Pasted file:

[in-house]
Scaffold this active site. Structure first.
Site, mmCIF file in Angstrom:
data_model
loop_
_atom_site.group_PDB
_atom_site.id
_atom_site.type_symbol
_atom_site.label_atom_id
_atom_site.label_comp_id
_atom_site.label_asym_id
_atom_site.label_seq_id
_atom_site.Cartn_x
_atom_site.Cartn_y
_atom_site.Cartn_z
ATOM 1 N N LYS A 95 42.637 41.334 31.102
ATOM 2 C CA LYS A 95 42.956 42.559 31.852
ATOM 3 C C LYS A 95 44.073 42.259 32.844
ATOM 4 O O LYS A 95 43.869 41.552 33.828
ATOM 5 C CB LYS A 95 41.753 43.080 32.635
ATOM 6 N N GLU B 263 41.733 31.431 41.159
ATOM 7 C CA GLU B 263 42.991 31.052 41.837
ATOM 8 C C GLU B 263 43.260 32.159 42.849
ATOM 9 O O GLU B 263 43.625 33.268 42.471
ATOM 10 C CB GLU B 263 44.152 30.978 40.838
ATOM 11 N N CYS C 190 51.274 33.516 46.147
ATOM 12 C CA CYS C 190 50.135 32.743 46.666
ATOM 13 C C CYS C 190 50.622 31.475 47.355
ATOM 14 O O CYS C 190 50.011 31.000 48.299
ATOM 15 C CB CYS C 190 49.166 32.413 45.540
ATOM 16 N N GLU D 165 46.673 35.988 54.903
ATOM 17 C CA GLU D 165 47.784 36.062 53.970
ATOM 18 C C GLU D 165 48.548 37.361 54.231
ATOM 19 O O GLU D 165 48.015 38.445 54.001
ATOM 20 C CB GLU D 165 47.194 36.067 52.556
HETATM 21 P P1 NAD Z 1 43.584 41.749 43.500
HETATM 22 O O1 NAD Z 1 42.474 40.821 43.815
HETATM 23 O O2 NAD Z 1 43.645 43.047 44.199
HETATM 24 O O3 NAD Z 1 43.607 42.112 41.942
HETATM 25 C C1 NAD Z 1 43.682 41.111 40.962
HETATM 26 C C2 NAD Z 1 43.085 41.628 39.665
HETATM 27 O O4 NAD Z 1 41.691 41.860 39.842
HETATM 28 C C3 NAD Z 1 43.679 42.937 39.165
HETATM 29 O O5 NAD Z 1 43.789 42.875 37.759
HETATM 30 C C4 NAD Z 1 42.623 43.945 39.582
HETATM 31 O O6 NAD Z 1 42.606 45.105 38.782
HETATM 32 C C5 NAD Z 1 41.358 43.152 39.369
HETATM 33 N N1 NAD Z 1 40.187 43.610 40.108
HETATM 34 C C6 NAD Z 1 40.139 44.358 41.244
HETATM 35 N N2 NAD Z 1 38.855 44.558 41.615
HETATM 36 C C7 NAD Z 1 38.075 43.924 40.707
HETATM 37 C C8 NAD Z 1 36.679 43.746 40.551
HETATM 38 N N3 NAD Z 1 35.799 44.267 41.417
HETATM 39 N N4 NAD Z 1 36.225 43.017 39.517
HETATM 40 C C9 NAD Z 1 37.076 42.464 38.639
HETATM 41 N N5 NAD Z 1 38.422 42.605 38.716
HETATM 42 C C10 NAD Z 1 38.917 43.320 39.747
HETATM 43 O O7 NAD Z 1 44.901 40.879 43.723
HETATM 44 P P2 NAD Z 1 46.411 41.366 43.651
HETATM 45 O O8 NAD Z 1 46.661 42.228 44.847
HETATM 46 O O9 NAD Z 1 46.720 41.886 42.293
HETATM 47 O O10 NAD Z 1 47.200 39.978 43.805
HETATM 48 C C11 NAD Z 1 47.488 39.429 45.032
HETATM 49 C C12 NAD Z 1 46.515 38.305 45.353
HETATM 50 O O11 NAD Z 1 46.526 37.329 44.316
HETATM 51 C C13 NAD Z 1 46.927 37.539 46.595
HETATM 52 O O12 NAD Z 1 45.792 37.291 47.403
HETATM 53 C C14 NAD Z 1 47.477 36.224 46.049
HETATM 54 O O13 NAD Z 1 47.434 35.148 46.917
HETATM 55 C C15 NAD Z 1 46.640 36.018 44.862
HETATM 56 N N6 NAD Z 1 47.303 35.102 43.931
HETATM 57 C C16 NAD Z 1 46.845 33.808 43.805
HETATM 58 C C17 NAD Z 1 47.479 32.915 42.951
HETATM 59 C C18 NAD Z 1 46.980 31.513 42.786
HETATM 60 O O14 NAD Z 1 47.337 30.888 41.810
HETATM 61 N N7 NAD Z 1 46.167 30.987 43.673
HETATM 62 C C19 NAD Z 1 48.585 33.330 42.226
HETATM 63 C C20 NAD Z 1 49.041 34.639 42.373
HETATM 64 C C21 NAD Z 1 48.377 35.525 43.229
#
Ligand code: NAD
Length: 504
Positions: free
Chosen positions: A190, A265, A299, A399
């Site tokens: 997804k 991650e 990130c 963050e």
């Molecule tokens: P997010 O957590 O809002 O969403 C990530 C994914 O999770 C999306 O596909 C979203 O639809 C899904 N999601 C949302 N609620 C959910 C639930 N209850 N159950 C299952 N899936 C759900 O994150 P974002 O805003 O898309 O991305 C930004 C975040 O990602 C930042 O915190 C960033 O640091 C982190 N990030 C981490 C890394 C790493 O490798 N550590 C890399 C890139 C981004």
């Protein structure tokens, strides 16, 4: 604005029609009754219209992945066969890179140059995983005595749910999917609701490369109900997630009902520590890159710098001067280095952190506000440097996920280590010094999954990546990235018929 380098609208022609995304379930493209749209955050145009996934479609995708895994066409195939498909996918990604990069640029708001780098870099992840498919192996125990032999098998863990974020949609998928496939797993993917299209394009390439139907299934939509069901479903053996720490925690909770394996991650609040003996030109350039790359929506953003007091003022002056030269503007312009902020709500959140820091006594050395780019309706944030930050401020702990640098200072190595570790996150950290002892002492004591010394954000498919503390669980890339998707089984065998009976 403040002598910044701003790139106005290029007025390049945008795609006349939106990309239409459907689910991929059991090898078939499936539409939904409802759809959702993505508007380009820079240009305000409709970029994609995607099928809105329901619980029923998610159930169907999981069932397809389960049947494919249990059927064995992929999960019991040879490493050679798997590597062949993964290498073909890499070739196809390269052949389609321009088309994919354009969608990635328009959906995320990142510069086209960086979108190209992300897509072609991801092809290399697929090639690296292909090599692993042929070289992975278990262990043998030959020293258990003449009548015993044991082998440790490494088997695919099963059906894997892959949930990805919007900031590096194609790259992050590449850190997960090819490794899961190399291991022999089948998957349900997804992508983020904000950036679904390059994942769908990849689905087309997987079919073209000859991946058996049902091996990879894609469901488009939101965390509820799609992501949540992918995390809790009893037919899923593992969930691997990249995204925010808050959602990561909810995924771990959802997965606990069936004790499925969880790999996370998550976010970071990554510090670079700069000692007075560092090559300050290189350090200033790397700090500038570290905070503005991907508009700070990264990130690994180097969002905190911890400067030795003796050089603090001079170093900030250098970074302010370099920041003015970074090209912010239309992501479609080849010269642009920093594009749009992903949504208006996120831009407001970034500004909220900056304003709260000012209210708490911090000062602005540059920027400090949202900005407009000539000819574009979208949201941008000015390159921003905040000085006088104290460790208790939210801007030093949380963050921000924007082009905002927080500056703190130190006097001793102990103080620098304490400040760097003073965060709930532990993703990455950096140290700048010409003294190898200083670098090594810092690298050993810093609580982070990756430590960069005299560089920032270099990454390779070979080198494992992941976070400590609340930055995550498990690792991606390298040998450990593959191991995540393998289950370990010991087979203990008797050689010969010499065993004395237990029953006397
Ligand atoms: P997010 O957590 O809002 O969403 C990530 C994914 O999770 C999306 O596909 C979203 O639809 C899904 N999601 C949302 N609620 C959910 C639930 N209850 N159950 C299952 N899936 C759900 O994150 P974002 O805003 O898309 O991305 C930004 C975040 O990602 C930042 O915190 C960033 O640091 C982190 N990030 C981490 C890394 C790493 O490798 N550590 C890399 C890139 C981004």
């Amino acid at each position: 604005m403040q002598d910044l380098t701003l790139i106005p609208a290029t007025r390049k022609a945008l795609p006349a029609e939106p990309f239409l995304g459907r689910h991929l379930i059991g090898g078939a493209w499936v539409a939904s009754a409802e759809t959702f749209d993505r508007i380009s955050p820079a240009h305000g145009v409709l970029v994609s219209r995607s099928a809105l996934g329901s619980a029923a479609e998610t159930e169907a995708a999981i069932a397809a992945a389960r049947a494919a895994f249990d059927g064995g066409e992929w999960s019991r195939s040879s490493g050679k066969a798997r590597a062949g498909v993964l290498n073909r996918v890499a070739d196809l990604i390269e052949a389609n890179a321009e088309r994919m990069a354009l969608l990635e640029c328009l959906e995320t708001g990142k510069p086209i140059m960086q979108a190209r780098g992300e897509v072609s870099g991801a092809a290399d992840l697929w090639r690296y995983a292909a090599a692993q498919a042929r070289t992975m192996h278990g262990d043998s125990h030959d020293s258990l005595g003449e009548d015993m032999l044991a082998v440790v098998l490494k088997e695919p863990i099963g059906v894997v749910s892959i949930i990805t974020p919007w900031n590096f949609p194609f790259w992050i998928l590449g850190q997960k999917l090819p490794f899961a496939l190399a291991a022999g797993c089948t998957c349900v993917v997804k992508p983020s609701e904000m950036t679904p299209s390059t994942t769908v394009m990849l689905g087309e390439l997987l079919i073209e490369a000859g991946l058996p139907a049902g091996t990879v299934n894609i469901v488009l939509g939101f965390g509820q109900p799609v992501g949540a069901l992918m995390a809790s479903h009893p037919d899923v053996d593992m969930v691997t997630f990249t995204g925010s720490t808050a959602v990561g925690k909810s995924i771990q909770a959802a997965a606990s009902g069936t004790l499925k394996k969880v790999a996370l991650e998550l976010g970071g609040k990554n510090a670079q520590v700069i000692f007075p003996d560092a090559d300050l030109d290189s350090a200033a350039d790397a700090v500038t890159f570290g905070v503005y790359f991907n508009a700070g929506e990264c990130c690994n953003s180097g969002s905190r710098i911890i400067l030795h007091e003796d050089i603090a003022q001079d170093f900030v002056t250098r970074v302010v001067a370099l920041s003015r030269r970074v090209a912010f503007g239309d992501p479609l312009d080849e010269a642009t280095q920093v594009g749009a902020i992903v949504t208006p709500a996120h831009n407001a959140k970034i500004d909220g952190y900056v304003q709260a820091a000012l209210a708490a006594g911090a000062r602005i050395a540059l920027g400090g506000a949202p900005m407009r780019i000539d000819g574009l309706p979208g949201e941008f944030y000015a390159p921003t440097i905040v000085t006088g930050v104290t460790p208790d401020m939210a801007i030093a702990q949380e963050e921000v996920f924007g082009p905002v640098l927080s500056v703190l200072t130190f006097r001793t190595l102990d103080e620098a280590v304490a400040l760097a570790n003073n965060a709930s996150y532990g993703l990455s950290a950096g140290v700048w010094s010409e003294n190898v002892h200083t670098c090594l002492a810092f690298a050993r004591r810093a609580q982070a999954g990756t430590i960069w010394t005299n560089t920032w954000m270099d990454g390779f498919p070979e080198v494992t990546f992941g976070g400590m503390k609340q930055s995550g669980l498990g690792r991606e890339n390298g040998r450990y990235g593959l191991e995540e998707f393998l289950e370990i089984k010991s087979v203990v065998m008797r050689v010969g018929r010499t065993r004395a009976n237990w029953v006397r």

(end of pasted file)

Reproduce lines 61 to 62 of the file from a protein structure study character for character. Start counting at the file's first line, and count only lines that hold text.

HETATM 46 O O9 NAD Z 1 46.720 41.886 42.293
HETATM 47 O O10 NAD Z 1 47.200 39.978 43.805